Clinical efficacy and electrophysiology of oral propafenone for ventricular tachycardia Academic Article uri icon

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abstract

  • Sixteen patients with ventricular tachycardia (VT) or nonfatal cardiac arrest were treated with propafenone (P), 900 mg/day. Electrophysiologic studies were performed before and during therapy with P. All patients had inducible sustained VT at the baseline study. During P therapy, VT was not inducible in 1 patient, was unsustained in 1 and was harder to induce in 2 patients. P increased the cycle length of VT from 307 +/- 67 to 382 +/- 107 ms. Five patients began outpatient therapy with P, including 2 in whom VT was slowed to less than 125 beats/min. Two are arrhythmia-free during follow-up of 2 and 8 months. P significantly increased intraatrial conduction time (from 44 +/- 12 to 72 +/- 22 ms), AH interval (from 115 +/- 36 to 152 +/- 45 ms), HV interval (from 55 +/- 18 to 92 +/- 42 ms), QRS duration (from 140 +/- 36 to 180 +/- 48 ms) and QT interval (from 402 +/- 30 to 459 +/- 60 ms). P increased atrial (from 247 +/- 36 to 288 +/- 38 ms) and ventricular (from 249 +/- 20 to 277 +/- 32 ms) effective refractory periods, Sinus cycle length did not change, but the corrected sinus node recovery time increased (from 162 +/- 85 to 821 +/- 1,607 ms). P aggravated arrhythmias in 4 patients. The plasma P concentration, measured either at the time of electrophysiologic studies of when therapy was discontinued, was 753 +/- 428 ng/ml. P suppressed ventricular ectopic beats in 33% and increased them in 1 patient. P has antiarrhythmic activity against VT similar to that of other antiarrhythmic drugs and has potential for serious adverse effects in some patients.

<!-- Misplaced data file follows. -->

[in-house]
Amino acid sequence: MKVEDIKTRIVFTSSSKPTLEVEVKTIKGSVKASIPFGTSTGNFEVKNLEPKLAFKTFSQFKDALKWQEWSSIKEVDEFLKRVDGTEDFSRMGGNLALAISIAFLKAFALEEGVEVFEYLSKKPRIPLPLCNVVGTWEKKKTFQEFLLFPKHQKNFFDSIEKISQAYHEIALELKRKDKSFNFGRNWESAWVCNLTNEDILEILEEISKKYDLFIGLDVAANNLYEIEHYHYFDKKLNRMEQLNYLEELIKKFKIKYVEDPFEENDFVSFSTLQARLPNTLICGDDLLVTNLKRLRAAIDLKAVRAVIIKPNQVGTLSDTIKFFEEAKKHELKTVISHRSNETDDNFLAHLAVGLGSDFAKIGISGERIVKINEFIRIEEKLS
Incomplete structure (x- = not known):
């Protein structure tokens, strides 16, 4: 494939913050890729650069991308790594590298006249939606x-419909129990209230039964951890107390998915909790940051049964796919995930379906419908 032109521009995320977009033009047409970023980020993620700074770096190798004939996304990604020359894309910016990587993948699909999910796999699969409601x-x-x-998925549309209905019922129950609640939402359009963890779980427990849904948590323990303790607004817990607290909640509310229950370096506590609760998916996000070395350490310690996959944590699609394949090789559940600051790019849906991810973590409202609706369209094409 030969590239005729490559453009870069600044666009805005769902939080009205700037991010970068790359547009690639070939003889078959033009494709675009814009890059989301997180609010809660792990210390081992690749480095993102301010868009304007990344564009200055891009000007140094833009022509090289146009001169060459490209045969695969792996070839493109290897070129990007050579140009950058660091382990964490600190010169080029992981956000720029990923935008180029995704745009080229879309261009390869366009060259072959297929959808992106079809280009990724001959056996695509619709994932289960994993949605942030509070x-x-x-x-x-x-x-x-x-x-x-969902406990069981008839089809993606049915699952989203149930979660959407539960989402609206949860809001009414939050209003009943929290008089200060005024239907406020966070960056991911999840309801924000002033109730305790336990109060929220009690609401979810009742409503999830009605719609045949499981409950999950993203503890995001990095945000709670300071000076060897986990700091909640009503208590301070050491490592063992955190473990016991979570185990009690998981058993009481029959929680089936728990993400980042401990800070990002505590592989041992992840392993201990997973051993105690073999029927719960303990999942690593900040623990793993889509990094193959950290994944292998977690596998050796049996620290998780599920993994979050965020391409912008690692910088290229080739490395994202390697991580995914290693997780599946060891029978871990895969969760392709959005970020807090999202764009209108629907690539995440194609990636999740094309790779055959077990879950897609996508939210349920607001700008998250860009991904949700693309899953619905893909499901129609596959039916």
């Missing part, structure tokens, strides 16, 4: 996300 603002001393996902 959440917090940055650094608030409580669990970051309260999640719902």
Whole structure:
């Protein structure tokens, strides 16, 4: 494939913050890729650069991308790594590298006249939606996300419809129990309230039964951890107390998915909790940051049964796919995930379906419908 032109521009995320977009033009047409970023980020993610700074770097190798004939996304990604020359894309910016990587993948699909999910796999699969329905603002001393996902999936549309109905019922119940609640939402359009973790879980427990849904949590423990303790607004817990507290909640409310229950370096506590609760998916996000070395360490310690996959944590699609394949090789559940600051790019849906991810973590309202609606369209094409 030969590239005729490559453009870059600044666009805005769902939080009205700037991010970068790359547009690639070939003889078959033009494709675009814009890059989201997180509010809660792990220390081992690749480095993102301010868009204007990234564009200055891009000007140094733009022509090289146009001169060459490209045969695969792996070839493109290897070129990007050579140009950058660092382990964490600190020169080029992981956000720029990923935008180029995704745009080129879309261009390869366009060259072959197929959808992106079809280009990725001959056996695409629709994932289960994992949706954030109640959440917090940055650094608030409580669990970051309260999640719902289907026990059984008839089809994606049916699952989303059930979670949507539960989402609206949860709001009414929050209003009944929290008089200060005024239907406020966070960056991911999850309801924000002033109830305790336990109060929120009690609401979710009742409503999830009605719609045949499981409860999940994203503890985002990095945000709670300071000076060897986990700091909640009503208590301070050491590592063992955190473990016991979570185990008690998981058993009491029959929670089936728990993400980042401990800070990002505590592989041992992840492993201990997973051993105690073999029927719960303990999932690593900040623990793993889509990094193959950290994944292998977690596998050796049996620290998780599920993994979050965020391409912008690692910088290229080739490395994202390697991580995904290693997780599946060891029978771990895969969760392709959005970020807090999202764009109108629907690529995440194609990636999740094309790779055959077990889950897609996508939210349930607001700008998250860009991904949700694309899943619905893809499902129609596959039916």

authors

  • Connolly, Stuart
  • Kates, Robert E
  • Lebsack, Cynthia S
  • Echt, Debra S
  • Mason, Jay W
  • Winkle, Roger A

publication date

  • December 1983